Supporters of Egypt's President Morsi wave their national flag as they celebrate in front of the Egyptian high court
Supporters of Egypt's President Mohamed Morsi wave their national flag as they celebrate in front of the Egyptian high court in Cairo. Hundreds turned out on Thursday in support of Morsi's new declaration granting him sweeping powers, as a rival protest criticised "the making of new dictator." © Gianluigi Guercia - AFP
Supporters of Egypt's President Morsi wave their national flag as they celebrate in front of the Egyptian high court
AFP
Last updated: November 22, 2012

Rival protests as Morsi grants himself sweeping powers

Hundreds turned out on Thursday in support of Egyptian President Mohamed Morsi's new declaration granting him sweeping powers, as a rival protest criticised "the making of new dictator."

"The people want the cleansing of the judiciary," chanted hundreds of Islamist protesters, who had gathered outside the High Court three hours before Morsi had even made his announcement.

The new declaration allows the president to "issue any decision or measure to protect the revolution," according to the text.

Morsi also ordered the reopening of investigations, and retrials, in cases of the killing of protesters during the uprising that ousted president Hosni Mubarak.

"I am here to celebrate the president's decisions," said Mahmud Abbas, 29. "I am really happy. The decisions are pro-revolution."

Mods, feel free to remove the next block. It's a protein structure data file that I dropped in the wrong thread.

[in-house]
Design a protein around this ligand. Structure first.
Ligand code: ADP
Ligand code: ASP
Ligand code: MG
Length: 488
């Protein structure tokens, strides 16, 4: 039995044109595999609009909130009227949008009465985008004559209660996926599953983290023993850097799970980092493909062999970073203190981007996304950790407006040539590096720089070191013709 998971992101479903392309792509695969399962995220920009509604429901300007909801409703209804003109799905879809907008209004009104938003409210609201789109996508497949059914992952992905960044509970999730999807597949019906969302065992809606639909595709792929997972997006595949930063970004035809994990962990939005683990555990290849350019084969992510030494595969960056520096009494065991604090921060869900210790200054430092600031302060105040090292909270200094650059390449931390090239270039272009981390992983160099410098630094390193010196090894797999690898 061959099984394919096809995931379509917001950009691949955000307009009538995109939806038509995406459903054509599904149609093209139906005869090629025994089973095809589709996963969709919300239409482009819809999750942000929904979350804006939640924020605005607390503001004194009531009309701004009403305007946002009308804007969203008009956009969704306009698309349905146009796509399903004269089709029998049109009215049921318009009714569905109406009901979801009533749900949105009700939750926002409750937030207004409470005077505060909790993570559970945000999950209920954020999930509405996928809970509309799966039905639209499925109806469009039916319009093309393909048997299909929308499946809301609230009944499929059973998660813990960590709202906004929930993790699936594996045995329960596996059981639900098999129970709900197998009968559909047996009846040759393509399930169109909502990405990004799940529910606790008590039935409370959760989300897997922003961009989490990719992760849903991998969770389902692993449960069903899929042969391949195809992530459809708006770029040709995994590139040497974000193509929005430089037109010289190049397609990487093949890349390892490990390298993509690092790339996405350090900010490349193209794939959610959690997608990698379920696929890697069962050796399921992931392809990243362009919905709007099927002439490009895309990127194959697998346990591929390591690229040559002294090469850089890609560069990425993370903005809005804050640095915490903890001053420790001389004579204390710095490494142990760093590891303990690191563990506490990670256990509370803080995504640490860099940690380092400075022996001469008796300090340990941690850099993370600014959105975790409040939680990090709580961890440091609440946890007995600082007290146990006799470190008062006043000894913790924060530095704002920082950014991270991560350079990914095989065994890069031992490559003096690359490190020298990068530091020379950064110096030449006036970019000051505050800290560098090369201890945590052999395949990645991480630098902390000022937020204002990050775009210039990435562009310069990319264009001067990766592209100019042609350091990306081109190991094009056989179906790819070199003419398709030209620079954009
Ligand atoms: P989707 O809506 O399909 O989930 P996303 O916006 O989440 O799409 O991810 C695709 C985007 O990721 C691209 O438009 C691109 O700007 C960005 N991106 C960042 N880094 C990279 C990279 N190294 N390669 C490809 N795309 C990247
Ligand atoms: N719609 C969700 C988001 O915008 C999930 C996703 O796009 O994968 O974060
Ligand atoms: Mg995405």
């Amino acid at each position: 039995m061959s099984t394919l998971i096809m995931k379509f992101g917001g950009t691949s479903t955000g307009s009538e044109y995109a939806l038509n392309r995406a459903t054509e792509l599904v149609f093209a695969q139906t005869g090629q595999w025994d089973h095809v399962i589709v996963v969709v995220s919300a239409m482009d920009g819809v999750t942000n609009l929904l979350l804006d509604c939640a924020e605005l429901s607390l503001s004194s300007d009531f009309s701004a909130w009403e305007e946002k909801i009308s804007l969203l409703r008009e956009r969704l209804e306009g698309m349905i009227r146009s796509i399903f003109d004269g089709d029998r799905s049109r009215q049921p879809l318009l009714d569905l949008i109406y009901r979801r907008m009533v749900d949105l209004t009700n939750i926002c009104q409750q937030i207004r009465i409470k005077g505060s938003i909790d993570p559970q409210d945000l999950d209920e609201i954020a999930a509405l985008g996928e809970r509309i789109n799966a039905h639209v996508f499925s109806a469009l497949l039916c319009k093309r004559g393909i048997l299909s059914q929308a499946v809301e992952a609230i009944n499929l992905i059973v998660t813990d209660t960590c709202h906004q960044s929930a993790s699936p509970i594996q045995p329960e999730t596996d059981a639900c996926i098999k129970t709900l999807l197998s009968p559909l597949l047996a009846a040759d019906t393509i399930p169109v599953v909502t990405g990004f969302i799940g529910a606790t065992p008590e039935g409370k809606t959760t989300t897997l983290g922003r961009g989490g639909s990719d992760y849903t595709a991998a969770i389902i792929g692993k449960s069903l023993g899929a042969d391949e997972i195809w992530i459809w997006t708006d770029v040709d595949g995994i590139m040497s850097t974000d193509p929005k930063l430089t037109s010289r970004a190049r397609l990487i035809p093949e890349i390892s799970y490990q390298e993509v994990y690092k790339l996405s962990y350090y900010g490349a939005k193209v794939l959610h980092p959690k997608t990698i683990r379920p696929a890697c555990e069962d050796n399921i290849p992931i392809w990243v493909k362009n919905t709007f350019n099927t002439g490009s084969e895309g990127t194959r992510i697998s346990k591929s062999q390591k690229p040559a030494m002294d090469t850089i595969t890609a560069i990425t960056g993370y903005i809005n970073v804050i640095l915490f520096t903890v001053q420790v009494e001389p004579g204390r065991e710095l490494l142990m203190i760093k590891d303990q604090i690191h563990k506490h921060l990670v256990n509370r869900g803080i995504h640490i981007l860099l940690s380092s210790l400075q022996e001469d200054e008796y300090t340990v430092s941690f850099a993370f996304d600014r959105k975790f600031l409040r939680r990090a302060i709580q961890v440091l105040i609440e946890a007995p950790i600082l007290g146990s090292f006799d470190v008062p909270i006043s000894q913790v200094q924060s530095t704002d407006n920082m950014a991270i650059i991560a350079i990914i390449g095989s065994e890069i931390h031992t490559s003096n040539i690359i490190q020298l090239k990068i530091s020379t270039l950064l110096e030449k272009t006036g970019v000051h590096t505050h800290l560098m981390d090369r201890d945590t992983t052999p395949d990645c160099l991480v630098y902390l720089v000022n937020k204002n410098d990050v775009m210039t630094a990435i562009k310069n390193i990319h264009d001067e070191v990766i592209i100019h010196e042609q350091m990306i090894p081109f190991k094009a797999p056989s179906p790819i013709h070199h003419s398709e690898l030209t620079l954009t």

They "will bring justice to the martyrs and will hold the corrupt accountable," said Mahmud Sultan, among the crush of protesters in central Cairo.

But a few kilometres (miles) away in Mohammed Mahmud street, the scene of four days of clashes between police and protesters, there were vocal denunciations of Morsi's declaration.

"We didn't have an uprising so that we put in place another dictator," said a furious Khaled Ali.

"He's not just a pharaoh, he thinks he's God," said Ali.

"Justice will only come when Mohamed Morsi leaves," said Alaa Zaghloul, carrying a sign that read "Mohamed Morsi Mubarak."

The decision will once again pit Islamists against secularists and comes on the eve of planned protests in Tahrir Square to demand justice for hundreds who died during the 2011 uprising.

Morsi, who hails from the powerful Muslim Brotherhood, is the first elected president since the popular uprising that toppled Mubarak last year.

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